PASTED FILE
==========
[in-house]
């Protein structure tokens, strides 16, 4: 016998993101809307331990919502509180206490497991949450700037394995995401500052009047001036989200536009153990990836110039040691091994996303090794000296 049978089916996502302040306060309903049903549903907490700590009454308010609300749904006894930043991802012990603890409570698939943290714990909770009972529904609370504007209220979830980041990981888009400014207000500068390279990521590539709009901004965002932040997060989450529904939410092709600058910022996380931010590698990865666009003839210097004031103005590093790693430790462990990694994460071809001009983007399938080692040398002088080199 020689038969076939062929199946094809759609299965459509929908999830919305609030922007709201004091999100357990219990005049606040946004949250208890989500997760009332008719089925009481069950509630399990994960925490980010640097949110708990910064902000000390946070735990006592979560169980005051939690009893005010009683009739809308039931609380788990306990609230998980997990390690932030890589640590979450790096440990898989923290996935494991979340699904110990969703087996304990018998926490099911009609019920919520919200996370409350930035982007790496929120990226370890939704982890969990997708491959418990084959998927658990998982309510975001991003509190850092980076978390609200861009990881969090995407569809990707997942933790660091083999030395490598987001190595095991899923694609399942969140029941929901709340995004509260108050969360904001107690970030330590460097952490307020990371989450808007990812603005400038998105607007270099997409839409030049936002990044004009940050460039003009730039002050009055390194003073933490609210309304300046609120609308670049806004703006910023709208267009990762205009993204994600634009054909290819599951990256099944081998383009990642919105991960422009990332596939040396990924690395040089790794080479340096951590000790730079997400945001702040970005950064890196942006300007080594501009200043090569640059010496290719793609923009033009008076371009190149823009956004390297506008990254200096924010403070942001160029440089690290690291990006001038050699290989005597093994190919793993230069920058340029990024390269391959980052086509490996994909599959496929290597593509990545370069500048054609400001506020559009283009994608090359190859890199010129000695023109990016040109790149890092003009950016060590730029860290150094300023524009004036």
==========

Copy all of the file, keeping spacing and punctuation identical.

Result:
[in-house]
């Protein structure tokens, strides 16, 4: 016998993101809307331990919502509180206490497991949450700037394995995401500052009047001036989200536009153990990836110039040691091994996303090794000296 049978089916996502302040306060309903049903549903907490700590009454308010609300749904006894930043991802012990603890409570698939943290714990909770009972529904609370504007209220979830980041990981888009400014207000500068390279990521590539709009901004965002932040997060989450529904939410092709600058910022996380931010590698990865666009003839210097004031103005590093790693430790462990990694994460071809001009983007399938080692040398002088080199 020689038969076939062929199946094809759609299965459509929908999830919305609030922007709201004091999100357990219990005049606040946004949250208890989500997760009332008719089925009481069950509630399990994960925490980010640097949110708990910064902000000390946070735990006592979560169980005051939690009893005010009683009739809308039931609380788990306990609230998980997990390690932030890589640590979450790096440990898989923290996935494991979340699904110990969703087996304990018998926490099911009609019920919520919200996370409350930035982007790496929120990226370890939704982890969990997708491959418990084959998927658990998982309510975001991003509190850092980076978390609200861009990881969090995407569809990707997942933790660091083999030395490598987001190595095991899923694609399942969140029941929901709340995004509260108050969360904001107690970030330590460097952490307020990371989450808007990812603005400038998105607007270099997409839409030049936002990044004009940050460039003009730039002050009055390194003073933490609210309304300046609120609308670049806004703006910023709208267009990762205009993204994600634009054909290819599951990256099944081998383009990642919105991960422009990332596939040396990924690395040089790794080479340096951590000790730079997400945001702040970005950064890196942006300007080594501009200043090569640059010496290719793609923009033009008076371009190149823009956004390297506008990254200096924010403070942001160029440089690290690291990006001038050699290989005597093994190919793993230069920058340029990024390269391959980052086509490996994909599959496929290597593509990545370069500048054609400001506020559009283009994608090359190859890199010129000695023109990016040109790149890092003009950016060590730029860290150094300023524009004036």